Standard call quality of the Z30 is amazingly clear. I have spoken to several people while outside, or engulfed in high winds, and even on the side of the freeway with no mention of heavy background noise when I asked if they could hear it. The powerful sound canceling microphones located on the side of the device are surely doing a good job of keeping my calls background noise free.
My only gripe is that the call earpiece volume is very low compared to the Z10. I find myself having to push the phone very close to my ear, an uncomfortable close, in order to hear the other person when there is even minimal background noise. I have noticed it may have to do with the other person’s phone and such, but I have never had this issue with my Z10, so I am a bit surprised by this on the Z30 with the robust sound that it produces.
BBM Video Quality & Natural Sound
This isn’t a function I use often, but when I do I love it. And I hated the fact that on my Z10 there was hardly any real estate to have my face and someone else’s face on the screen. The colors are much more vibrant on the Z30 and it gives plenty of space to see the other person – which is the entire point of video chat.
The Z30’s GPU gives it an edge over the Z10 as the calls look much sharper and less pixelated. There is a “Natural Sound” icon in the upper left hand corner that indicates that the Z30 is using the Natural Sound Technology built in to the device to enhance the call quality. It a cool feature used to showcase the complexity of the Z30. It gives the feel of surround sound – something you don’t really get from a unidimensional smartphone speaker. BlackBerry hasn’t been the best at labeling these features on their devices, so this is a welcome change in my book.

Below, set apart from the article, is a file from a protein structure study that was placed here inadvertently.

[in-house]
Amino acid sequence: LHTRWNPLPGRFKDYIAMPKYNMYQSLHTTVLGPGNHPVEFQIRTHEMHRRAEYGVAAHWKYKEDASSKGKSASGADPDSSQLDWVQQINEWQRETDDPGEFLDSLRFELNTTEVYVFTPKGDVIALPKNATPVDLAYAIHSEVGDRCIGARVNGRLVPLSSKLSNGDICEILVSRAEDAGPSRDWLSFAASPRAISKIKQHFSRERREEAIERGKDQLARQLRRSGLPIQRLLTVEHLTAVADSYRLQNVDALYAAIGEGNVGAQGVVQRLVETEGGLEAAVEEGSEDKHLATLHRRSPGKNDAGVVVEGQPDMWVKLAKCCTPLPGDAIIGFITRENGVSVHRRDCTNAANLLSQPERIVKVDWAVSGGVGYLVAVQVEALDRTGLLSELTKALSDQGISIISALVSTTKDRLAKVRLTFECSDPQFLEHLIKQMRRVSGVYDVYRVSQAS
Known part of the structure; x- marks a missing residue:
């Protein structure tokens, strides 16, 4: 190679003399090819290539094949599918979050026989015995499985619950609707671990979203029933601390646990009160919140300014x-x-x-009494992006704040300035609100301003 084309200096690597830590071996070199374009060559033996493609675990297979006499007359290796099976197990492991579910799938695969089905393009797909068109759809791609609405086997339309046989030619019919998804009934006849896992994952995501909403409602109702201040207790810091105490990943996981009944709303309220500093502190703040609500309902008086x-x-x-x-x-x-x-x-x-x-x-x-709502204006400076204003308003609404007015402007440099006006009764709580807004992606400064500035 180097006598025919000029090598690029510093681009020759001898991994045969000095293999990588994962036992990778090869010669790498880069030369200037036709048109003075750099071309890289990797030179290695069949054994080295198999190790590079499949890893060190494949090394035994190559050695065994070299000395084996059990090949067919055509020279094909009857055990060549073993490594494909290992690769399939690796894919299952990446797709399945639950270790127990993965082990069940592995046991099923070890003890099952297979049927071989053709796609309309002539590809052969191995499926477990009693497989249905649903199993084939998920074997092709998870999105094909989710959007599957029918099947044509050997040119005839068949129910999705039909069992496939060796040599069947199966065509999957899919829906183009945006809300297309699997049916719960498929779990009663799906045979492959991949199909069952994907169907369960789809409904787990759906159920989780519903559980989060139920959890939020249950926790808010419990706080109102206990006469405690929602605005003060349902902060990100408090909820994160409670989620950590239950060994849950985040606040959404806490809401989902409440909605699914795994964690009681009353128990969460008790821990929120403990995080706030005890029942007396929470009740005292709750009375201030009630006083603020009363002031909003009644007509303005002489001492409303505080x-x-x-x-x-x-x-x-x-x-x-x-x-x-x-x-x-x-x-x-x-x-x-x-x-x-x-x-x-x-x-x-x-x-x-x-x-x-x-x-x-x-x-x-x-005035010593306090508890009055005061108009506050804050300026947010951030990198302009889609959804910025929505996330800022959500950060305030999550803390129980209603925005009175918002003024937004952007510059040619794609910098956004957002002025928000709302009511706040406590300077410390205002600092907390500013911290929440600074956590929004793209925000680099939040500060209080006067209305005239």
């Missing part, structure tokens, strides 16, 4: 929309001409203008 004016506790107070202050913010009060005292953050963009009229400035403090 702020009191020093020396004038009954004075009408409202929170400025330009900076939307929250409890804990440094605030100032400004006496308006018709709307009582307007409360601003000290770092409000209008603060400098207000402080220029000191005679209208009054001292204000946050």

Overall the Z30 has what it takes to be the new face of the brand. As the new flagship phone for the BlackBerry 10 series of devices, the Z30 has what it takes to compete in the open market against the top dogs. Boasting the Super AMOLED screen, a 1.7 GHz Dual Core Qualcomm MSM8960T Pro Processor, an Adreno 320 GPU to rival the S4. Throw in a very comfortable form factor that allows one-handed use, superior sound and picture, improvements made with BlackBerry OS 10.2 that work with the incrementally better specs of the Z30 and you got a winner. Priced at $199.99 with a 2 year contract upgrade or $549.99 on Verizon’s Edge program (a monthly payment of $23.06 over two years).